Five months laterhis position has still not been filled, and Mr Coakes has accusedMr Brandisof being “reckless” and “negligent” by taking so long to make the appointment.

“It simply doesn’t need to take this long,” the retired judgesaid.

“Mr Brandis is failing in his responsibility as the primary law officer in the country, and he offers no excuses.”

Mr Coakes said the massiveworkload being handled by the two judgeshad“dangerous implications”.

“It means there is theincreased risk of anoversight, a mistake in calculations, or risk of not giving enough weight to a specific piece of evidence,” he said.

“All of those things stem from hurrying, which comes from the pressure to produce a result.

“It’s awful, quite frankly, and I’m surprised there hasn’t been mental breakdowns.”

However aspokeswoman for Mr Brandis saida permanent appointment was“under active consideration”.

“The appointment of a judge to a court is an important decision to which the Attorney General gives careful consideration, giving regard to a broad range of issues, including the expertise and background of potential candidates as well as consultation with relevant persons,” she said.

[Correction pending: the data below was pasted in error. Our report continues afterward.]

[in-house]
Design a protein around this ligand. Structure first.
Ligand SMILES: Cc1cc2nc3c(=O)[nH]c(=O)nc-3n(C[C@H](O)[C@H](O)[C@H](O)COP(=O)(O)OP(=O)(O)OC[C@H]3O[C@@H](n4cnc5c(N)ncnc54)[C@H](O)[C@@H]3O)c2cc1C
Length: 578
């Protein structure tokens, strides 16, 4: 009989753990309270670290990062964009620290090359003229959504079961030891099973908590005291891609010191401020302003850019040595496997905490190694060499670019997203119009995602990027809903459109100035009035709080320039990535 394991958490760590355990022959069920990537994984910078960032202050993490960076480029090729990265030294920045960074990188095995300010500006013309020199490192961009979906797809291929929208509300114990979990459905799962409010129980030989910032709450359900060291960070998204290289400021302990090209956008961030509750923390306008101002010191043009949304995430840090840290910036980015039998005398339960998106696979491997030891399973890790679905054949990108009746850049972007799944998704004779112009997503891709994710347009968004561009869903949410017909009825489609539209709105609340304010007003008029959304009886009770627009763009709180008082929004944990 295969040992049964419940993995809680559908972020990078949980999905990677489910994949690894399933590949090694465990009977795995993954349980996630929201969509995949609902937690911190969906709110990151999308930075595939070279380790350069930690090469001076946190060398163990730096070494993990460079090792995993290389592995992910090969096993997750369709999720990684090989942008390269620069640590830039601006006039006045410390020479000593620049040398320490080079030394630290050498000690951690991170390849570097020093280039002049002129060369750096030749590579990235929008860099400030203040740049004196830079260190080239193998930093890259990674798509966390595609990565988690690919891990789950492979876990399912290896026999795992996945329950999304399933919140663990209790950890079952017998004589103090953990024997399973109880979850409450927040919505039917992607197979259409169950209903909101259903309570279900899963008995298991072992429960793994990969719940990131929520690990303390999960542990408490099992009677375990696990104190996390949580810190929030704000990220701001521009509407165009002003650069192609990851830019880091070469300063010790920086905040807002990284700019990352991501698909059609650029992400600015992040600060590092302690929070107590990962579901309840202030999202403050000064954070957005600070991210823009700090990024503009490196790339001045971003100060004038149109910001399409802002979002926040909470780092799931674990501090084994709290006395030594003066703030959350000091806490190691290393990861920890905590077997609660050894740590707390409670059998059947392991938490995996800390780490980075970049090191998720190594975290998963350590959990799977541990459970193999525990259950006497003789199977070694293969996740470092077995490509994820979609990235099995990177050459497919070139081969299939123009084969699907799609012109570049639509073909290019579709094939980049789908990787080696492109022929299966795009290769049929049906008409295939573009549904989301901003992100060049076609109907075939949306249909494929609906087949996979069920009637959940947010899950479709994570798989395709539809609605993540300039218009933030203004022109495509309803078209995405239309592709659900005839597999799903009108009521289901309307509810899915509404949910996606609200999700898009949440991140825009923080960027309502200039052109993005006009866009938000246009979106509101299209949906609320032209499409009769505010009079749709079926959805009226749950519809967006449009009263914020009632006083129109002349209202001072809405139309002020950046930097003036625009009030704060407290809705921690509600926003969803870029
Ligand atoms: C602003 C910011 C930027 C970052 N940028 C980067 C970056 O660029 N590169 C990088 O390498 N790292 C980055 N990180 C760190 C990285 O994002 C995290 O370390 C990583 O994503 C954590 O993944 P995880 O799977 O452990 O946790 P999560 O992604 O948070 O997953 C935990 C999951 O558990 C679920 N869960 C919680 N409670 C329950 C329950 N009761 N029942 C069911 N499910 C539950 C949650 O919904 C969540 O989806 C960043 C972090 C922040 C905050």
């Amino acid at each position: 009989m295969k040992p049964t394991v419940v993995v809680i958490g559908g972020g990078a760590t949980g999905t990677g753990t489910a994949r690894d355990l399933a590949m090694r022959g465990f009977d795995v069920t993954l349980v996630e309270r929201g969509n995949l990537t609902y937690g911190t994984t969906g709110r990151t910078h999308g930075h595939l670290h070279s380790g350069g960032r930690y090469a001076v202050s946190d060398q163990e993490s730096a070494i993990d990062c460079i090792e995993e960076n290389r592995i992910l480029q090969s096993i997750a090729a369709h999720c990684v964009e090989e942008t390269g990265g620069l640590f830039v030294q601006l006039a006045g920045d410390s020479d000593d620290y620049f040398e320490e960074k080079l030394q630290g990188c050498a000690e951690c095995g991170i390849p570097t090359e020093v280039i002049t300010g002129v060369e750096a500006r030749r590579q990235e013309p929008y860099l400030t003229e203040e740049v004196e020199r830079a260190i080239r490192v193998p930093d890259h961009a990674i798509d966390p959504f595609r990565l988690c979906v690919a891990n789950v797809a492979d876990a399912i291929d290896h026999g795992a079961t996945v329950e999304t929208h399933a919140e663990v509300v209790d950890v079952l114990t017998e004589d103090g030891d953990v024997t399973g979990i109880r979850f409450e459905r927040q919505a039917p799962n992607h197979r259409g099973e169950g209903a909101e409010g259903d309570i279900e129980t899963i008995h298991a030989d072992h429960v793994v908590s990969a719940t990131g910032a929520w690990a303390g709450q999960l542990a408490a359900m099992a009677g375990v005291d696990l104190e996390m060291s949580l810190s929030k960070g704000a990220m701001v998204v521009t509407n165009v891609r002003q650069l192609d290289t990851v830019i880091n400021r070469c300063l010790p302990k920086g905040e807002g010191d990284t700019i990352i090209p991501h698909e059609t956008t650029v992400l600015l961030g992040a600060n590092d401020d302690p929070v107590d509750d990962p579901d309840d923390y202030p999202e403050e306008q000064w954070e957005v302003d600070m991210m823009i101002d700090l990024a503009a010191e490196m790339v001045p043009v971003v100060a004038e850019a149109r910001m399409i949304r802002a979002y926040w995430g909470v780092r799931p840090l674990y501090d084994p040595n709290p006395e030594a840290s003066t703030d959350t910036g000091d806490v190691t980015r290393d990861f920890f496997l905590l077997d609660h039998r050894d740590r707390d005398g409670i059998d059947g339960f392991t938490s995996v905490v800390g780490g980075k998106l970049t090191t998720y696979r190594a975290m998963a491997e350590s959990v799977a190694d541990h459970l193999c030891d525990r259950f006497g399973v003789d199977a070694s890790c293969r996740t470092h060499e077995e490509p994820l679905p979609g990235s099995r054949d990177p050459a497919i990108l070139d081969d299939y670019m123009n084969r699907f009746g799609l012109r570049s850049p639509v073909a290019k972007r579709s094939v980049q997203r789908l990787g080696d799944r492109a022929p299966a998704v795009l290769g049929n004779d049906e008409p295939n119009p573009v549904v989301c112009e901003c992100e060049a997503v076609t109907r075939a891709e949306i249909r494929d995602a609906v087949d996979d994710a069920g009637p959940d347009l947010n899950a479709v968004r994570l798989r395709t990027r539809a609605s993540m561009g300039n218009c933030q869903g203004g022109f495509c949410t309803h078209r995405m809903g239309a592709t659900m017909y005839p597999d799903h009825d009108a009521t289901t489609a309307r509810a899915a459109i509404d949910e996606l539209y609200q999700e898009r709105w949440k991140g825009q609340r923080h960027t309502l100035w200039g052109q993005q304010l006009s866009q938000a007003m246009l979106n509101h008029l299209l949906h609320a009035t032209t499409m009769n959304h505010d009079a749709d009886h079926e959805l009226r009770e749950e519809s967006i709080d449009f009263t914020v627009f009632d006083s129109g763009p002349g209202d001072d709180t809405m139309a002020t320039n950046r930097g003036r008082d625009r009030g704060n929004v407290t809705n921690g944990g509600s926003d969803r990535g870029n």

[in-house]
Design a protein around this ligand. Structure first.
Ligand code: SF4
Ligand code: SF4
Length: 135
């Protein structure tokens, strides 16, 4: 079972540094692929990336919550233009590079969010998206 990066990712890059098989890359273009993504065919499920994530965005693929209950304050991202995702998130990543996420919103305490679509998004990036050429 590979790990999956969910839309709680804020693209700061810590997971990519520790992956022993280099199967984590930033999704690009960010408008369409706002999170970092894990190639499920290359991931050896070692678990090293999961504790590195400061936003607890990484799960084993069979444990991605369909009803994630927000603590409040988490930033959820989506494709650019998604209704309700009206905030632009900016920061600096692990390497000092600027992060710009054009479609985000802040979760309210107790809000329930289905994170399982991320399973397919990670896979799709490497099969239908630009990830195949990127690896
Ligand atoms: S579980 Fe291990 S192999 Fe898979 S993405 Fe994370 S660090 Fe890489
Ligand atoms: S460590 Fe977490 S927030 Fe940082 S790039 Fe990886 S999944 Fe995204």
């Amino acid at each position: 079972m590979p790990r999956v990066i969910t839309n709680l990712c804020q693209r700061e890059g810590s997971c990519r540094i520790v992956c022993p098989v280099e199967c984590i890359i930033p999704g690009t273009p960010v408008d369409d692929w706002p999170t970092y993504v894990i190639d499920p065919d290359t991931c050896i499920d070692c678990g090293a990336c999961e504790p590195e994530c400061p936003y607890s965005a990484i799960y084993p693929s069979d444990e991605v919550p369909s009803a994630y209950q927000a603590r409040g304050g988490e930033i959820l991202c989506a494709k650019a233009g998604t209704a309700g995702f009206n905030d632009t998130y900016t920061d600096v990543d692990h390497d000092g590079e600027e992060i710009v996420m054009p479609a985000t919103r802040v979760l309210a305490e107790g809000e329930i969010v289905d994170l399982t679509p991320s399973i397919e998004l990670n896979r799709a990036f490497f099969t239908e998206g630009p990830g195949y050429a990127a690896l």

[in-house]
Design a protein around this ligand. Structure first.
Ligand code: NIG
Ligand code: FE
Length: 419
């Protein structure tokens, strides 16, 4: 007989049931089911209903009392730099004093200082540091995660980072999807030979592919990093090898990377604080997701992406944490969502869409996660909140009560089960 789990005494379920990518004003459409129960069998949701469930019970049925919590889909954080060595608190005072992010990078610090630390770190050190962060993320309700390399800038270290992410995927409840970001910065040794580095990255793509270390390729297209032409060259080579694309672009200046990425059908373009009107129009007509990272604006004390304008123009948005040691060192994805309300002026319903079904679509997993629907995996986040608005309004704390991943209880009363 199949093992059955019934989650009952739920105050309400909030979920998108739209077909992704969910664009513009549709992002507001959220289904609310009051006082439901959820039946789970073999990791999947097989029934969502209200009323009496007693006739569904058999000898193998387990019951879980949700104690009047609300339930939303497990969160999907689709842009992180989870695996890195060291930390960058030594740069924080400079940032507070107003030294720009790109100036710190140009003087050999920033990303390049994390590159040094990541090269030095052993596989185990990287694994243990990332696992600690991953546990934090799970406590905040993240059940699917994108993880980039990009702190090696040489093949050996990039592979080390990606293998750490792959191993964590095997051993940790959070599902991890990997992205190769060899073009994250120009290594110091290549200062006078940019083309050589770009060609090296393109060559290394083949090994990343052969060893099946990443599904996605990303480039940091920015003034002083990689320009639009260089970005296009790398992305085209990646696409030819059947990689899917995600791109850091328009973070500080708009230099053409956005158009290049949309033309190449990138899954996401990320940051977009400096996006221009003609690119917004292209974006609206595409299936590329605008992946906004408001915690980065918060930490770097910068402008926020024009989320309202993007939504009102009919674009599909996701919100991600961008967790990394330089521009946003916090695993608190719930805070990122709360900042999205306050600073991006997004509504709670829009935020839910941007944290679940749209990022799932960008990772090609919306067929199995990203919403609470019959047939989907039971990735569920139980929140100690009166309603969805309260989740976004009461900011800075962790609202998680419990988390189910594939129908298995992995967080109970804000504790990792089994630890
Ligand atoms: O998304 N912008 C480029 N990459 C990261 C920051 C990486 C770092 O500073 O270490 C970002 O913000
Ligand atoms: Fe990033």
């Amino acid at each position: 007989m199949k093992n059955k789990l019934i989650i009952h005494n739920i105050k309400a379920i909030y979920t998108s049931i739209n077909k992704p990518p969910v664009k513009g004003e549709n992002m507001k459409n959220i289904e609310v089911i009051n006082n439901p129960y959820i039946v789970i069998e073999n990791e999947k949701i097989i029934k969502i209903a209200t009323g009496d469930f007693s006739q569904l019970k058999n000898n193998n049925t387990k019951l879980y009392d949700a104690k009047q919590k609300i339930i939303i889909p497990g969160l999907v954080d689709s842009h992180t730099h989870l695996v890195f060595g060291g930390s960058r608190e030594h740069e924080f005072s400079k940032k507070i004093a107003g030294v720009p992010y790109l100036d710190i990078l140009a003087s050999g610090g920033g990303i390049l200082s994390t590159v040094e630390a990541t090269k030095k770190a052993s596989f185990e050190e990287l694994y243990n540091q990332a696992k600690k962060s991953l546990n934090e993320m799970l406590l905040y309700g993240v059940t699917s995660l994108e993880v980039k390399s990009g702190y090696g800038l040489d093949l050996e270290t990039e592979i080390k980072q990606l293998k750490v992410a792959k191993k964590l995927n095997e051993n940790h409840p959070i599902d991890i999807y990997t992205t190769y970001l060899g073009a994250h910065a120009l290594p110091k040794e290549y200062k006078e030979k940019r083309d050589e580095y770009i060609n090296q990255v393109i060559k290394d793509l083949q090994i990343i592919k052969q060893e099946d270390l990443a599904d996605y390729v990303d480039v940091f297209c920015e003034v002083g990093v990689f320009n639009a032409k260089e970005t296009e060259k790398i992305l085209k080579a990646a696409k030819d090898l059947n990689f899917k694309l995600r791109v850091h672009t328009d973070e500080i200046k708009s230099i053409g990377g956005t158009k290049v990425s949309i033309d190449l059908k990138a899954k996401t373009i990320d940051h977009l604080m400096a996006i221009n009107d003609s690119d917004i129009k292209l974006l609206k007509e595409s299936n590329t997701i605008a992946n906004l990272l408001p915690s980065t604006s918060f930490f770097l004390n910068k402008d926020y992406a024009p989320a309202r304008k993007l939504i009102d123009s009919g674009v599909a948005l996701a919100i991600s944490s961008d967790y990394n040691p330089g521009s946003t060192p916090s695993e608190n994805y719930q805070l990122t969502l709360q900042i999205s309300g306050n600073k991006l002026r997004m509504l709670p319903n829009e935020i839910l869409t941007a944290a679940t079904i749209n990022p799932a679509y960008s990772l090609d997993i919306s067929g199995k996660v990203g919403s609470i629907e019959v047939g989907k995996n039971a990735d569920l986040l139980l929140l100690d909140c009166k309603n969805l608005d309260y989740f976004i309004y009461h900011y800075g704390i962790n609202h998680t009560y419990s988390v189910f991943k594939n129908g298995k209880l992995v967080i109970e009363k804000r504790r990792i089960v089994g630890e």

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TAFE course changes cause ‘tears and stress’ for students

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Promise: Kate Washington, Prue Car and Tim Crakanthorp said a Labor government would restore funding to TAFE. Picture: Jonathan CarrollHUNDREDS of the region’s most vulnerable TAFE students are facingan uncertain future, as their courses undergo major changes from next week.
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The federal government announced in April its contracts for two programs to improve English language and literacy skills in the Hunter would be transferred from TAFE to private firms.